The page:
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RAS Biochemistry and Biophysics

Model of RAS-RAF complex at the membrane

Credit: Que Van, NCI RAS Initiative

RAS proteins function through interactions with the inner plasma membrane, and with numerous interacting partner proteins. These interactions are not understood at atomic levels, and could hold the key to controlling RAS signaling in cancers. The goal of the Biochemistry and Biophysics group is to apply the most sensitive techniques to better understand how these interactions affect signaling by wild-type and mutant RAS.

Our Progress

Our group has characterized the interactions of fully modified KRAS4b protein with nanodiscs of different lipid compositions. Nanodiscs are a surrogate for cell membranes where the lipid composition can be completely specified. In addition, protein-nanodisc complexes are amenable to biophysical assays. Only fully modified KRAS protein can bind to nanodiscs.

Half a dozen different mutants of KRAS account for more than one million cancer deaths each year world-wide. Understanding the different mutant proteins in detail may help us understand why different KRAS mutants predominate in different cancers. Our group has measured the binding affinities and intrinsic hydrolysis rates of all the major oncogenic mutants of KRAS4b.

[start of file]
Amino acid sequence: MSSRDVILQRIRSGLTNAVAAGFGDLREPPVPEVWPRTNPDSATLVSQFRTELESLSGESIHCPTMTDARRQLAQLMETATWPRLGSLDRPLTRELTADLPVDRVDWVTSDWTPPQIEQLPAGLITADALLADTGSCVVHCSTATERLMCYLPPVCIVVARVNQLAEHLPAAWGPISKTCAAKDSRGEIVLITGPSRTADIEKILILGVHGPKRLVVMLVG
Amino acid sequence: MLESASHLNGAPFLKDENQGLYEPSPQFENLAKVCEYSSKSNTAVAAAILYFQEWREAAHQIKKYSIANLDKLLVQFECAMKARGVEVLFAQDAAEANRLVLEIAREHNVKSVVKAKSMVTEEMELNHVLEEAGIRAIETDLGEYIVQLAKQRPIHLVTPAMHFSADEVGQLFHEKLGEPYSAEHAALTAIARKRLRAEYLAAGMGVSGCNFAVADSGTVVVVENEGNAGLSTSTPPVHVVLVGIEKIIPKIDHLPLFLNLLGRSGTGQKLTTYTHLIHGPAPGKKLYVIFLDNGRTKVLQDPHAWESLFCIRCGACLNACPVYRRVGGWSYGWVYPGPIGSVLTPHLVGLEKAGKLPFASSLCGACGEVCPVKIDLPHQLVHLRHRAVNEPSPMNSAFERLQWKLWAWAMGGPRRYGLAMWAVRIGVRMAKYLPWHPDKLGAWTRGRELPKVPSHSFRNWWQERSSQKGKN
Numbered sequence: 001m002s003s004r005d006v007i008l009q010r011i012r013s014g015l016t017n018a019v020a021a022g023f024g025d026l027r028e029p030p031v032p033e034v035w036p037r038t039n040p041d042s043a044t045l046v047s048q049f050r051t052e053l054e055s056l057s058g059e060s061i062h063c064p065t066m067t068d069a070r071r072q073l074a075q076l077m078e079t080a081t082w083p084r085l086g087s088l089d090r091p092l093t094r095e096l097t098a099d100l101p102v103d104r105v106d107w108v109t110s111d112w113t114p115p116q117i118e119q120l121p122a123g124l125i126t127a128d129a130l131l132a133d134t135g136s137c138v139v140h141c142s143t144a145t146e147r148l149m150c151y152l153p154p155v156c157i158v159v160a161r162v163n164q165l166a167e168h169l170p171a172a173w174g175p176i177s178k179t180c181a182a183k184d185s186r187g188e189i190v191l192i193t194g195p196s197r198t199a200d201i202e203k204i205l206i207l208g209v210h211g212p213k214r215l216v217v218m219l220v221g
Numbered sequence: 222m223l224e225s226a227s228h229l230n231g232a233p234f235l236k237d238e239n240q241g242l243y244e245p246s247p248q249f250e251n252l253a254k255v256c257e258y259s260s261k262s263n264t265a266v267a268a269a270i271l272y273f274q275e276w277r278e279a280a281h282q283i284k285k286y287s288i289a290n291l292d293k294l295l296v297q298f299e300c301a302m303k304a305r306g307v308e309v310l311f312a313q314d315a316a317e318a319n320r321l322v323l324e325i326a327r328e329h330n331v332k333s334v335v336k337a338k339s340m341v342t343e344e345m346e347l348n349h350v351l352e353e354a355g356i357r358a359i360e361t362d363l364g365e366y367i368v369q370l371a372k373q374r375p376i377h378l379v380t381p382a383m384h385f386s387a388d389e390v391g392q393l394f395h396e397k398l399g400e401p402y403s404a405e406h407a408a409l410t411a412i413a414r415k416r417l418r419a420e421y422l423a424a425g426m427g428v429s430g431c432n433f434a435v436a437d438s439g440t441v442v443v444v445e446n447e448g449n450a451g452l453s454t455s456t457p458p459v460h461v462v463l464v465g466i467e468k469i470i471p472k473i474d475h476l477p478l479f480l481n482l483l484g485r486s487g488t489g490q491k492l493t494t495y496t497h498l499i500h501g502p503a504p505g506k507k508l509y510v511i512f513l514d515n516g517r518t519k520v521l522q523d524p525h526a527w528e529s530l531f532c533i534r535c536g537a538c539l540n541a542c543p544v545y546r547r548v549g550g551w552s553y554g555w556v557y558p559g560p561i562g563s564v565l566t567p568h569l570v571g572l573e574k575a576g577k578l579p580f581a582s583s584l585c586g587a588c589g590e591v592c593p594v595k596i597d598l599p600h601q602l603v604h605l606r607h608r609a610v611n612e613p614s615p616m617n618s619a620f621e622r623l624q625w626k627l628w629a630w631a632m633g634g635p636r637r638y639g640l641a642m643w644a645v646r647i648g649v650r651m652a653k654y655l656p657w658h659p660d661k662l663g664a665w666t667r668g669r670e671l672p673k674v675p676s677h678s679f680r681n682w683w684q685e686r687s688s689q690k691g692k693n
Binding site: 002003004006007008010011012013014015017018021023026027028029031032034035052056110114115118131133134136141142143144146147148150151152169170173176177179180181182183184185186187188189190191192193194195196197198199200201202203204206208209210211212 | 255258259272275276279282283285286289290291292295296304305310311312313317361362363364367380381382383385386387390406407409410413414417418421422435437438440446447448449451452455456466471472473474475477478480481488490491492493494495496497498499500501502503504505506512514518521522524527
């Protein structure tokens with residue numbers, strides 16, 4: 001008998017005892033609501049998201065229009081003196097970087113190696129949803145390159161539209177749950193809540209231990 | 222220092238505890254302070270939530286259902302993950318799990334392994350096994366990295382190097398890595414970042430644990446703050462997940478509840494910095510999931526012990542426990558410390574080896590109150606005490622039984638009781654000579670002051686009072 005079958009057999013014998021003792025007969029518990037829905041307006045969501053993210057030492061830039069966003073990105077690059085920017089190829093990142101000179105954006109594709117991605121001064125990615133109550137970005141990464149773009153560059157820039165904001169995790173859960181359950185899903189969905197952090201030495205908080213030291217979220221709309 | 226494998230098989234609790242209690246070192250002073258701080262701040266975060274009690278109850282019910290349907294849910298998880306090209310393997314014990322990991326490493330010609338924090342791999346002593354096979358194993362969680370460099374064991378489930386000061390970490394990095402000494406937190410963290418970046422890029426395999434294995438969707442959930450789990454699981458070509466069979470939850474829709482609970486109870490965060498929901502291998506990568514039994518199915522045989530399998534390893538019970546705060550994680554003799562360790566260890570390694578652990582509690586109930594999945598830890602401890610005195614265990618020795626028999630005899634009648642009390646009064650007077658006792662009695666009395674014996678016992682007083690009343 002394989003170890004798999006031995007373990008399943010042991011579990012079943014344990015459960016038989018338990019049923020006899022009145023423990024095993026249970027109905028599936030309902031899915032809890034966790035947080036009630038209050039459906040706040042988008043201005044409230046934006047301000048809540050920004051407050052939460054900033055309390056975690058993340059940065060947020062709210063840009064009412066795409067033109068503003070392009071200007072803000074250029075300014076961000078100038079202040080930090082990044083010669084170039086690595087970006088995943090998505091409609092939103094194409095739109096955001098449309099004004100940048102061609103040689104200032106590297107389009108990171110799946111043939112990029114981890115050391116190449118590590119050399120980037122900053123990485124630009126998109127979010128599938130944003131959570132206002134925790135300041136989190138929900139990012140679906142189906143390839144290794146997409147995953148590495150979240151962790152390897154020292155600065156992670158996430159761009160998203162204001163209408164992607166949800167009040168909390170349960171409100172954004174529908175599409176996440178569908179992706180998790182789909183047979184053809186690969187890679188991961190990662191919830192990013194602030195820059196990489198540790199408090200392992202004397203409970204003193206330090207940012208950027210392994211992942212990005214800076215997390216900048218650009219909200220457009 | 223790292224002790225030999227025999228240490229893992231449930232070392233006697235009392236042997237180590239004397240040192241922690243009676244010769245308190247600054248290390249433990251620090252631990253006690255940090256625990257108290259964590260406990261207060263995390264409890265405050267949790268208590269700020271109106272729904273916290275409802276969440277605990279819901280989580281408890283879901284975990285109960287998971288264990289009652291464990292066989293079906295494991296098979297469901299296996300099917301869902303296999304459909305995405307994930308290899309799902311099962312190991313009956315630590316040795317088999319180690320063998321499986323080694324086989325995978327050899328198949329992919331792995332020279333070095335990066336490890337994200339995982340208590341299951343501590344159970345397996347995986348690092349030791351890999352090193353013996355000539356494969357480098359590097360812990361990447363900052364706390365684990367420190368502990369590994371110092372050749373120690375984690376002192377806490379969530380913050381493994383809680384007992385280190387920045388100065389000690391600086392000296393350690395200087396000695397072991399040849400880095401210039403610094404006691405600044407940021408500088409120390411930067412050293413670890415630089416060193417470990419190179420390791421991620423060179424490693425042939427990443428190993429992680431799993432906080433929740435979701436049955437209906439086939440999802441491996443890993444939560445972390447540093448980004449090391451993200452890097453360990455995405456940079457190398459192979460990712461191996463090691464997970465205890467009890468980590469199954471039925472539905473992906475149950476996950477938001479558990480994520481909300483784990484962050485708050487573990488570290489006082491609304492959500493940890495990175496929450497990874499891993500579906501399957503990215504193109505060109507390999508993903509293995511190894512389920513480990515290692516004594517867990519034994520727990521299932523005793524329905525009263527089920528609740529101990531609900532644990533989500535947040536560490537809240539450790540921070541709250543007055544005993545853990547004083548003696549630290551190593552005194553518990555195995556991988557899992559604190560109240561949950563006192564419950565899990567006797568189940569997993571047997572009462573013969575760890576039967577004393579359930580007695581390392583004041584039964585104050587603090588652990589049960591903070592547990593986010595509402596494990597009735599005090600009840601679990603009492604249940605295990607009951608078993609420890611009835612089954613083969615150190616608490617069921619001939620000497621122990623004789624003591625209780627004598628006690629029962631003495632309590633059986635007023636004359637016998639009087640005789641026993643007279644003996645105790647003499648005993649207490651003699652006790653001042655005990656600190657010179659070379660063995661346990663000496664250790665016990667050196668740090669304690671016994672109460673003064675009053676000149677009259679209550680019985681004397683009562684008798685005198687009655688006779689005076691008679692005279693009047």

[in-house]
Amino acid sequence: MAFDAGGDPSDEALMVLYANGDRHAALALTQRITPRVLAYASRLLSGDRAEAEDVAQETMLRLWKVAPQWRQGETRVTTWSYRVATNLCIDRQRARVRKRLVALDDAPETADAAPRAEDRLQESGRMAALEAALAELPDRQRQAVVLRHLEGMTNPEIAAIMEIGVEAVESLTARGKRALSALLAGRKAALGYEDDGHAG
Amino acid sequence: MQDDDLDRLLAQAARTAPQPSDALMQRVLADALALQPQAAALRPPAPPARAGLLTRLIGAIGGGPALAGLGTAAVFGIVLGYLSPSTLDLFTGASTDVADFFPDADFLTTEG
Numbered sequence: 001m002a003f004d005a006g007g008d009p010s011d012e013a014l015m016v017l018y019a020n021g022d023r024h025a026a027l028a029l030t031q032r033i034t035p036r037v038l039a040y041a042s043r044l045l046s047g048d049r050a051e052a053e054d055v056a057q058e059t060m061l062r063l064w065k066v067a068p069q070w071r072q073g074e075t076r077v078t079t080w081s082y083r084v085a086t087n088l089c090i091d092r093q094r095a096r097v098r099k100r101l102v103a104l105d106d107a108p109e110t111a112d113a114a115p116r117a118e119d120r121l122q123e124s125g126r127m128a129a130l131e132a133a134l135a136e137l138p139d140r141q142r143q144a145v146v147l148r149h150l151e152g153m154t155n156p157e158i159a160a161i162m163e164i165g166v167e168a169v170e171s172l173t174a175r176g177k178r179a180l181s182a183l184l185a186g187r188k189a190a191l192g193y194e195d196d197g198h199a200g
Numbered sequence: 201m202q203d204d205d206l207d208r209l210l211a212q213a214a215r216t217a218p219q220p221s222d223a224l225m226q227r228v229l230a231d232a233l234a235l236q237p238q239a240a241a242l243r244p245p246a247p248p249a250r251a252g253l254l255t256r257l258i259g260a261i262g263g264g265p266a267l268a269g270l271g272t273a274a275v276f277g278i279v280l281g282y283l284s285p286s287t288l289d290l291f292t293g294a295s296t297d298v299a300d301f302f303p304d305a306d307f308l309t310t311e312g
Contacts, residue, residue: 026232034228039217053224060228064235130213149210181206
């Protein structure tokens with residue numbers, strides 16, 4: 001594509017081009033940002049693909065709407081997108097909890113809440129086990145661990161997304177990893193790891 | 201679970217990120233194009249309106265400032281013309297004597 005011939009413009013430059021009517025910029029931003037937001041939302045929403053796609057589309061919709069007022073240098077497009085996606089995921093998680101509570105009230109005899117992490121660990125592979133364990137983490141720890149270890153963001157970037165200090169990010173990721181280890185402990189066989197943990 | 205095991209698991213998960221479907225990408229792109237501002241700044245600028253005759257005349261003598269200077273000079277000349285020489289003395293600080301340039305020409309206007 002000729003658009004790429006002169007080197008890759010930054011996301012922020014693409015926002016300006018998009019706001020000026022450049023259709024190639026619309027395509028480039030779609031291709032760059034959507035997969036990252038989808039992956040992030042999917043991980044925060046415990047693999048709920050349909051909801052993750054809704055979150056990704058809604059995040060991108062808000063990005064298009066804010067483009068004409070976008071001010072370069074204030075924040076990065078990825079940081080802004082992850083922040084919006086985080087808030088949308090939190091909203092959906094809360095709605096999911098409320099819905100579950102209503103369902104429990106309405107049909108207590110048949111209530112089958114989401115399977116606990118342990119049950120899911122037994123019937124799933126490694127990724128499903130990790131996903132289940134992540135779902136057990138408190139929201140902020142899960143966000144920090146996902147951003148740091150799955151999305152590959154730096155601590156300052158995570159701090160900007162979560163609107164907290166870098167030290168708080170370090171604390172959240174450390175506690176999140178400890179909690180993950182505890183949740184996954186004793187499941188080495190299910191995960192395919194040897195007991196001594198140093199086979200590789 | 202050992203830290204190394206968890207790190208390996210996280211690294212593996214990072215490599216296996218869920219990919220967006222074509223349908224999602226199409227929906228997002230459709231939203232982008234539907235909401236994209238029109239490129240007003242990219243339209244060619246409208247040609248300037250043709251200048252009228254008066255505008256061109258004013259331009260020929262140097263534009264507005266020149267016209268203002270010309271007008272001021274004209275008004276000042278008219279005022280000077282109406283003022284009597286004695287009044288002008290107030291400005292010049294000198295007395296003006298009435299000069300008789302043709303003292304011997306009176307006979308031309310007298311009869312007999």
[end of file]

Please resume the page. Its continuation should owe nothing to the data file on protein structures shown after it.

We have utilized opportunities to collaborate on research, including the characterization of KRAS proteins by NMR, analytical ultracentrifugation, neutron scattering, and single molecule analysis in artificial lipid bilayers. View the PubMed abstract on the characterization of fully modified KRAS4b protein.

Our Projects

  • Characterize the folding, activities, oligimerization states, and membrane interactions of purified wild-type and mutant RAS proteins
  • Characterize the interactions of RAS proteins with partner proteins such as RAF, NF1, RASA1, calmodulin, PDEdelta, and AGO2
  • Reconstitute the reactions mediated by RAS and RAS complexed with partner proteins

Tools We Use

  • Surface plasmon resonance
  • Mass spectrometry
  • Dynamic light scattering
  • RAS activity assays
  • Nanodiscs
  • NMR (with collaborators)
  • Neutron scattering (with collaborators)
  • Analytical ultracentrifugation (with collaborators)


The RAS Biochemistry and Biophysics Group has collaborated with:

Paul Henderson
University of California, Davis

Jay Groves
University of California, Berkeley

Steve Sligar
University of Illinois at Urbana-Champaign

Marco Tonelli
Nuclear Magnetic Resonance Facility at Madison, University of Wisconsin

Rodolfo Ghirlando
National Institute of Diabetes and Digestive Kidney Dieases (NIDDK)

Frank Heinrich
National Institute of Standards and Technology

Carla Mattos
Northeastern University

Michael Gross
Washington University, St. Louis

Chris Stanley
Oak Ridge National Laboratory


Dr. Andy Stephen, Biochemistry and Biophysics Group Lead

For more information, contact the RAS Biochemistry and Biophysics Group team lead:

Dr. Andy Stephen

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